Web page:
Sign-up for Obamacare health insurance plans begins Nov. 1.  (Photo: Dreamstime/TNS)
Photo: Dreamstime/TNS
Photo: Dreamstime/TNS

Affordable Care Act window shopping for 2020 plans: A few facts

Window shopping has begun for health insurance plans on the Affordable Care Act exchange market. This year’s exchange has finally turned stable: Prices are flat and two insurers have actually joined the Georgia market, CareSource and Oscar Health. Political fights over Obamacare may come and go, but for the seventh year in a row, signups will begin Nov. 1. That’s this Friday. Here are some facts.


• Open enrollment is the only time each year when people can sign up for Obamacare plans. The enrollment period lasts six weeks. You sign up in the fall and the plans start Jan. 1. This week people can “window shop,” seeing on what type of plan is available under their circumstances and how much they’d actually pay, if given discounts for their income and the number of people in their household.


• Open enrollment on the ACA exchange runs from Nov. 1 through Dec. 15.

•  If you wait for winter break you’ve waited too long. Some people who’ve gone through a life-changing event, like a divorce, can get a “special enrollment period” allowing them to enroll outside the open enrollment window. But those rules are very strict and most people don’t qualify.

Window shopping has begun for Obamacare open enrollment in 2020 plans. The insurance exchange for Obamacare, also known as the Affordable Care Act, starts enrollment on Nov. 1, 2019 and ends on Dec. 15, 2019. (PHOTO via screenshot of


• Start with the federal ACA sign-up website,

• Beware of some of the websites that come up on an internet search for “Obamacare” or “ACA,” because they may dupe people into thinking they’re the real Obamacare or ACA website. If going outside, it’s important to deal with an honest agent or navigator to get the best plan. Unscrupulous sites might promote alternative plans that get a higher commission for the website or insurance agent, but can be more expensive for the client or deliver less protection than they thought. It’s where the government is calculating what you really pay — including the all-important discount most applicants get after federal help.

• also has a phone number with helpers, 1-800-318-2596. For Spanish speakers, the website is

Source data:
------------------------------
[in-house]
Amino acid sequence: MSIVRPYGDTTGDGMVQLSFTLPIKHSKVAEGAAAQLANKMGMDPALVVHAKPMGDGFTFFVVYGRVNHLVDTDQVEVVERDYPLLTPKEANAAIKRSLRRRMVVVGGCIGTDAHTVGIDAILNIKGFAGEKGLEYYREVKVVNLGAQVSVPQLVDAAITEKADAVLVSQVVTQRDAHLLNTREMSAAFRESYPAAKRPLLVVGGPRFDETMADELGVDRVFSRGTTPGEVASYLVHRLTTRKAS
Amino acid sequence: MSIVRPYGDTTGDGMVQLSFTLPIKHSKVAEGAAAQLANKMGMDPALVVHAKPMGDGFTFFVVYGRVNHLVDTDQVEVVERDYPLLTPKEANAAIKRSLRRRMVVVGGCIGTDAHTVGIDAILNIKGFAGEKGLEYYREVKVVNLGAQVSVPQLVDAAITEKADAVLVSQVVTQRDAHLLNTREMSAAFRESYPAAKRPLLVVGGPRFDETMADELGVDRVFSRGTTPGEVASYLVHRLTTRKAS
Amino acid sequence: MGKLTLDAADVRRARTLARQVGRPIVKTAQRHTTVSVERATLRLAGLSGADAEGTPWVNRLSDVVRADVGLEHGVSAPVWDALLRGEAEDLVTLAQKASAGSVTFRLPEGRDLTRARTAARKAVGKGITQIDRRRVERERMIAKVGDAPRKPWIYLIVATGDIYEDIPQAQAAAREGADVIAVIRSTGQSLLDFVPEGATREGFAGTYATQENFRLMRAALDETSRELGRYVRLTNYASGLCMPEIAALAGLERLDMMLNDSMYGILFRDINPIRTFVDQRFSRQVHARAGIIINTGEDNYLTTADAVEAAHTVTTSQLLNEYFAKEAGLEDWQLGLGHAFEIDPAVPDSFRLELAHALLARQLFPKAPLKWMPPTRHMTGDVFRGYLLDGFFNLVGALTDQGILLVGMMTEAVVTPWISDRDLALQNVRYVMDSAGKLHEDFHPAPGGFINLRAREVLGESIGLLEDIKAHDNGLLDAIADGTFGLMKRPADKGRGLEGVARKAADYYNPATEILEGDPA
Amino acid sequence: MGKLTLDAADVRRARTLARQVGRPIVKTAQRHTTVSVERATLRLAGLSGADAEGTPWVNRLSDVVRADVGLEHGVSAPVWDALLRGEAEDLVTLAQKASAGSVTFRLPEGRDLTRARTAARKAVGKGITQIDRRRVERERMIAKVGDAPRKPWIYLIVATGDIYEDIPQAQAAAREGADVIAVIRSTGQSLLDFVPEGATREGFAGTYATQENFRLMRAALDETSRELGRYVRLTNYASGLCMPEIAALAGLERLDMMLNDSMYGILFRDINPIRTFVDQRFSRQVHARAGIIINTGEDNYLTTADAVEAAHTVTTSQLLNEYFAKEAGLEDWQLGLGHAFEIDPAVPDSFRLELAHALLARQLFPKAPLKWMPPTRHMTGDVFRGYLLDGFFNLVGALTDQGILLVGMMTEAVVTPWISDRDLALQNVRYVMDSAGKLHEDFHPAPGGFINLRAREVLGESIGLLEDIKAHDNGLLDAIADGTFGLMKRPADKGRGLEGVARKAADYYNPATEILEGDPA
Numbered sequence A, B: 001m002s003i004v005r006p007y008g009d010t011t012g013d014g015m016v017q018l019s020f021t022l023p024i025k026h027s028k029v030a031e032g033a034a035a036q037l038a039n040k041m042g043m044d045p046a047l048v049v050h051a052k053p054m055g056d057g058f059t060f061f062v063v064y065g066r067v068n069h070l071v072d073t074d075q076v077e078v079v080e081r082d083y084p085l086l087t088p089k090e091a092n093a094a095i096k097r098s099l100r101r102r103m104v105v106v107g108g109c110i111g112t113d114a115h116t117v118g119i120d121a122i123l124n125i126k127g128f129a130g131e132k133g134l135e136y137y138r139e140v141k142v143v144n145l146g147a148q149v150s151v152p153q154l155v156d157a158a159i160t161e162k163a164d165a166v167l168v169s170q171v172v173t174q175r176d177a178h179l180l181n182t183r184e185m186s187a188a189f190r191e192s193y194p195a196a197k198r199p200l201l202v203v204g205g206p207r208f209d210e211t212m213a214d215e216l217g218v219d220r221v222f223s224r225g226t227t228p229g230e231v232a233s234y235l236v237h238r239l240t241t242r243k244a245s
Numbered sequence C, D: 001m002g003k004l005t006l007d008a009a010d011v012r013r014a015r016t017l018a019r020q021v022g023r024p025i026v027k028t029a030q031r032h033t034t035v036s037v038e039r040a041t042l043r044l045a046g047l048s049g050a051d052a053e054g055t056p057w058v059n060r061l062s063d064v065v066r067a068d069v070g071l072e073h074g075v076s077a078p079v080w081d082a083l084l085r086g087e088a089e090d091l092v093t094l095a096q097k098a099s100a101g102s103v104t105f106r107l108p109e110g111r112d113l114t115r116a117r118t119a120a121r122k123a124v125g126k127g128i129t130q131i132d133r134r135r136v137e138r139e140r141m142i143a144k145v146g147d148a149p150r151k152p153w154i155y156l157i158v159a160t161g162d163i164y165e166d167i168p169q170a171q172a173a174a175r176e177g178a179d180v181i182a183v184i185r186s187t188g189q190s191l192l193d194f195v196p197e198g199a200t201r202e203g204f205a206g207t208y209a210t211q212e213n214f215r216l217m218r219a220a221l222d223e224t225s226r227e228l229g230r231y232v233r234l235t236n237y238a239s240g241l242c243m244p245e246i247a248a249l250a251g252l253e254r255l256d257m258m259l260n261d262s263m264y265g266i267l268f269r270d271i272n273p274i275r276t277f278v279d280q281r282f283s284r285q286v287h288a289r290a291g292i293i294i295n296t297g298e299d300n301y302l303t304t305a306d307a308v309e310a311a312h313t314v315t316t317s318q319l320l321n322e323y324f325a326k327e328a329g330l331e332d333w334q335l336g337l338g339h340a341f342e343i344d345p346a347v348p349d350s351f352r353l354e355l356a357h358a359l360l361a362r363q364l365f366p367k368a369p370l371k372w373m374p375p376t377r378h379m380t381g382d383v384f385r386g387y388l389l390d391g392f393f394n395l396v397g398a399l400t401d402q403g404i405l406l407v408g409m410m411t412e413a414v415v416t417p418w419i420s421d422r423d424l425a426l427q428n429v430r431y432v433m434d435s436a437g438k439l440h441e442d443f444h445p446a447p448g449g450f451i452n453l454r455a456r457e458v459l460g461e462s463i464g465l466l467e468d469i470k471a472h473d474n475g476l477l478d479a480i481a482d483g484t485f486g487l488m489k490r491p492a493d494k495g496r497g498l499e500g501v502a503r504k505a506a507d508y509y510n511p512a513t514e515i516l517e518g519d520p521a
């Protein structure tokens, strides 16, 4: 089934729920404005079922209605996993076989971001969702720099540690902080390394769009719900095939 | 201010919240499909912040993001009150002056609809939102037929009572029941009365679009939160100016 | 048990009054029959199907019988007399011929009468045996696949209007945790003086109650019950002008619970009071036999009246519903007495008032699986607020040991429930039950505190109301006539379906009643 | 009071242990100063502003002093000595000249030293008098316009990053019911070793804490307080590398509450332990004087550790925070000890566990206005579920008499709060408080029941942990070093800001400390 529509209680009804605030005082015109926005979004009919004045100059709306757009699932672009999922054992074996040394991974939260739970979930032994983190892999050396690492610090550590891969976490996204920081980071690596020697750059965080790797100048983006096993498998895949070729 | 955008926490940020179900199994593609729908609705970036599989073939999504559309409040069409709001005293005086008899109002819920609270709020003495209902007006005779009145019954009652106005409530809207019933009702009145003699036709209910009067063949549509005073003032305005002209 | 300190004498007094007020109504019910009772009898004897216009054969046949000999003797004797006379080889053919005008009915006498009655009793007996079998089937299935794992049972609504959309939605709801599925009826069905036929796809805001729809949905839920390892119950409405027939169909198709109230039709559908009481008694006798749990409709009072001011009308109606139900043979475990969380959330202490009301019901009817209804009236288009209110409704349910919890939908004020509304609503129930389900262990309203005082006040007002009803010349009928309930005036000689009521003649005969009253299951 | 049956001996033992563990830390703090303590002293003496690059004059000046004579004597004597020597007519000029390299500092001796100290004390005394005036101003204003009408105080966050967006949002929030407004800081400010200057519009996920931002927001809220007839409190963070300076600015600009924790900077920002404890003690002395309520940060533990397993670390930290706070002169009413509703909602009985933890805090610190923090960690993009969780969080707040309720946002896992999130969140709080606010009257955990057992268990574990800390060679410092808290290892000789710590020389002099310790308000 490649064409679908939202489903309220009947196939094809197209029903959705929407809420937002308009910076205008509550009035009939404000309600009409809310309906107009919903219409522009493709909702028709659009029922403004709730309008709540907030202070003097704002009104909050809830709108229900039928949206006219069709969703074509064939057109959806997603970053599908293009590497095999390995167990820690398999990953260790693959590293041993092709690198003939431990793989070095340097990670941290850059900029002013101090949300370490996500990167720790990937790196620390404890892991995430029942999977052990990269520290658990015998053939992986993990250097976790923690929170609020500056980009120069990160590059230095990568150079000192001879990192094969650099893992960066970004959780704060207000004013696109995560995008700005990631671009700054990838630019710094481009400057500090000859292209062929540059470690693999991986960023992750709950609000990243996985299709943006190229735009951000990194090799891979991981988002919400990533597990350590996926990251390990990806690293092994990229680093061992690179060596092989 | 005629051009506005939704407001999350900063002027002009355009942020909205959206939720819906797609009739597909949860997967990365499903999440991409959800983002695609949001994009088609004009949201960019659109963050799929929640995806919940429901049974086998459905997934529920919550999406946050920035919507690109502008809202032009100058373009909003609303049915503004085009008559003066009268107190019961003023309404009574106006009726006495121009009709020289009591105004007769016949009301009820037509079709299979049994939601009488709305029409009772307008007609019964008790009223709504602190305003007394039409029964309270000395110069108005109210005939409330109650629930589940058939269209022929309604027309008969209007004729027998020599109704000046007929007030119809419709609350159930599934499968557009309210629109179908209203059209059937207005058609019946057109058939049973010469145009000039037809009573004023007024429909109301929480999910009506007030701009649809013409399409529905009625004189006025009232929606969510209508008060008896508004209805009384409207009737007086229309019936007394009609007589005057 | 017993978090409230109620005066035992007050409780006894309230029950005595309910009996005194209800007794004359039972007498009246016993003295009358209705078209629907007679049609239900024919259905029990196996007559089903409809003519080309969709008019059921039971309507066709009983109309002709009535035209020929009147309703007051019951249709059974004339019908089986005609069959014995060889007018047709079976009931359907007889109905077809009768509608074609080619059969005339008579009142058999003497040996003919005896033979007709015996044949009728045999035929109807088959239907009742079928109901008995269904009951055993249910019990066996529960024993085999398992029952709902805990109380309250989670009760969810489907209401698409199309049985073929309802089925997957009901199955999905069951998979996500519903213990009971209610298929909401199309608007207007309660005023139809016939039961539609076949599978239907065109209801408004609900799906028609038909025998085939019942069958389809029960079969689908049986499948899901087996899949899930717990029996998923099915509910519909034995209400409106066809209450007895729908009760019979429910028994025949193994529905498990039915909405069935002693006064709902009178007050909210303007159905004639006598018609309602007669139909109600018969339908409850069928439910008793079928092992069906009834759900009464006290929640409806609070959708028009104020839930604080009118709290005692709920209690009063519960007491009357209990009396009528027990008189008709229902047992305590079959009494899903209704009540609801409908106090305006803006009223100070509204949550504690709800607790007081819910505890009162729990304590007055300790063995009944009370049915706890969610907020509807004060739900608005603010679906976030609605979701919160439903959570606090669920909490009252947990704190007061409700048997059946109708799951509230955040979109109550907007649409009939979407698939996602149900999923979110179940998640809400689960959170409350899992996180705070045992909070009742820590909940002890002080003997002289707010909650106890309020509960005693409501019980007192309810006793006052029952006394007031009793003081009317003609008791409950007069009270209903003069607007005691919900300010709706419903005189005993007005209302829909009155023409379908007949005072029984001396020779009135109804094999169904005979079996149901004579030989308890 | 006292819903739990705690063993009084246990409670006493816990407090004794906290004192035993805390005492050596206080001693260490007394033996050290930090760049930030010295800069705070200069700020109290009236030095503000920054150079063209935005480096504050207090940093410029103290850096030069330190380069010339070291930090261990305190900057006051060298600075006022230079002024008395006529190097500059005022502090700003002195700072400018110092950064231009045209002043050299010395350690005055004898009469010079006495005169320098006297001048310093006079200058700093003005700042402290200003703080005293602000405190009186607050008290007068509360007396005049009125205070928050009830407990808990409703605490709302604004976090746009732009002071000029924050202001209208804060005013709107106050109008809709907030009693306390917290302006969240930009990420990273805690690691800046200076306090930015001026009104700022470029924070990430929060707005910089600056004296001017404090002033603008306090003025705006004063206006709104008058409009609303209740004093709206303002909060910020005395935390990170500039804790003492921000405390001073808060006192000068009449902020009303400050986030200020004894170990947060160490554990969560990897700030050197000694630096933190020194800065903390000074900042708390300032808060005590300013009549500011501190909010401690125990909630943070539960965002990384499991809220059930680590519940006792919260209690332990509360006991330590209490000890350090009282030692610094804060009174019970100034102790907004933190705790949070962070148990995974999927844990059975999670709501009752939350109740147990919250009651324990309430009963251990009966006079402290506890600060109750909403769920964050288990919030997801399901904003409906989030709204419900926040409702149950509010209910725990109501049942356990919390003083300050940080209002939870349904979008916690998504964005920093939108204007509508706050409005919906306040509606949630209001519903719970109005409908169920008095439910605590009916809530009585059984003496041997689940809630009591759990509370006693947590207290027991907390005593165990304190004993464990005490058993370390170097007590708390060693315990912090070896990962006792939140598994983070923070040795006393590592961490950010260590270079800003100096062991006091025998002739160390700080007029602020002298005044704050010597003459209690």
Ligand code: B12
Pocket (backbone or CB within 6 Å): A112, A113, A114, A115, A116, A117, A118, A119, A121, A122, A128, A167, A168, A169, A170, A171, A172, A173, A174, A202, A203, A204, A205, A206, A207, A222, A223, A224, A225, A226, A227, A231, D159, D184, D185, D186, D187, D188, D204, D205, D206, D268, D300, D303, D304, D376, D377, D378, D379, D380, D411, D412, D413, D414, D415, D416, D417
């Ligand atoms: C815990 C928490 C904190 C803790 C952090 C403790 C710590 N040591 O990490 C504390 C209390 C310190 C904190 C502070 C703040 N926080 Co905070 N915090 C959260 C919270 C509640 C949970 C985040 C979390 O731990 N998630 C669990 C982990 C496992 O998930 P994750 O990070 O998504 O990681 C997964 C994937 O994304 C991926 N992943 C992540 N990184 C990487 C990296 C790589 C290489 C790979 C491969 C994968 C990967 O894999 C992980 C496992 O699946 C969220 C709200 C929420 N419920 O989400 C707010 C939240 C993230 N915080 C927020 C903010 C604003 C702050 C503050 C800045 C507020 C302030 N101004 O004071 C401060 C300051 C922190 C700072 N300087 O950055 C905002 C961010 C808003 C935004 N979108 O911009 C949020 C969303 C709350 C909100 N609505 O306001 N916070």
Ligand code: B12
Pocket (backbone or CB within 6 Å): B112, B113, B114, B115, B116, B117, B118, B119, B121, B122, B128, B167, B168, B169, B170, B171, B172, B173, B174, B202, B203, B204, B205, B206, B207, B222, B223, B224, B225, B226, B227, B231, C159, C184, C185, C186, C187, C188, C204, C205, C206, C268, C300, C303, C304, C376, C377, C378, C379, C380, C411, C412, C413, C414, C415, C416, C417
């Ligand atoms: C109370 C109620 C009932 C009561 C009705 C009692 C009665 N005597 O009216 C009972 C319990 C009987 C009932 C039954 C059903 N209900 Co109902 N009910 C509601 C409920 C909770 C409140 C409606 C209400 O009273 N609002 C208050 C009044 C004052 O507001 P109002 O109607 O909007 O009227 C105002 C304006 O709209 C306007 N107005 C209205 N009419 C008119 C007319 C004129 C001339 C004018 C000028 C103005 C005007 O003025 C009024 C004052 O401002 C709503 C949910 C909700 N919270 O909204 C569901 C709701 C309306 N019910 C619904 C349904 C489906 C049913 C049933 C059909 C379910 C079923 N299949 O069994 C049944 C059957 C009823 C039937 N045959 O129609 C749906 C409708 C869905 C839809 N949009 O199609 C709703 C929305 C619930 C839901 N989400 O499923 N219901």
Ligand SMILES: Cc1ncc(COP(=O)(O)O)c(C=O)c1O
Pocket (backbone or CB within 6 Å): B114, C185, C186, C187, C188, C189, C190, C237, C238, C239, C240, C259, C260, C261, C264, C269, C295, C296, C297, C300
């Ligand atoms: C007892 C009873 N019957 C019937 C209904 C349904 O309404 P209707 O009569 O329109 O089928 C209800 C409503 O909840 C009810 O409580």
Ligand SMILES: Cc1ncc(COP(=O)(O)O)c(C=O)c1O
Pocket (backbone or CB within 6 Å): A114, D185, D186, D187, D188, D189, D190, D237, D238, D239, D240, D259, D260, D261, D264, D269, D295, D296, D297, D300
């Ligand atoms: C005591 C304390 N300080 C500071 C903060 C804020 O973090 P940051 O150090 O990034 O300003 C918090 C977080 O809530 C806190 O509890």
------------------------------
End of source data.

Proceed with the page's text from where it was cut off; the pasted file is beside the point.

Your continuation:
• Georgia has a designated Navigator organization, which received a $500,000 federal grant to help people sign up. This year it’s the Georgia Primary Care Association, which represents clinics across the state. That puts them in a good position to reach a broad swath of people. GPCA’s director, Duane Kavka, said the association expects to have an updated website with help for Georgians posted later this week. Federal navigator funding no longer includes funds for much advertising.

• A large organization that used to be a federal navigator for Georgia, Insure Georgia, is still at it but as a charity organization now, a nonprofit insurance agency. They have a website with additional information,, and helpers at their phone number, 1-866-988-8246, and experience helping people navigate applications and appeals.

• Private insurance agents who are reputable and have experience in health insurance can also be a resource for these plans.


• There are two main reasons for people without employer insurance to consider buying plans on the exchange, both equally important. One is that plans bought on the exchange are required to provide insurance for essential health benefits, including emergency coverage, mental health coverage and pre-existing conditions. The other is that nine out of 10 customers on the exchange qualify for a discount, and many of them qualify for such a big discount that their monthly premium is less than $100.

• For those making more than 400% of poverty level, though, it’s tough. They don’t qualify for subsidies. Premium prices are still sky high and deductibles are several thousand dollars. This year 400% of federal poverty level for a family of four would be $103,000 annual income.

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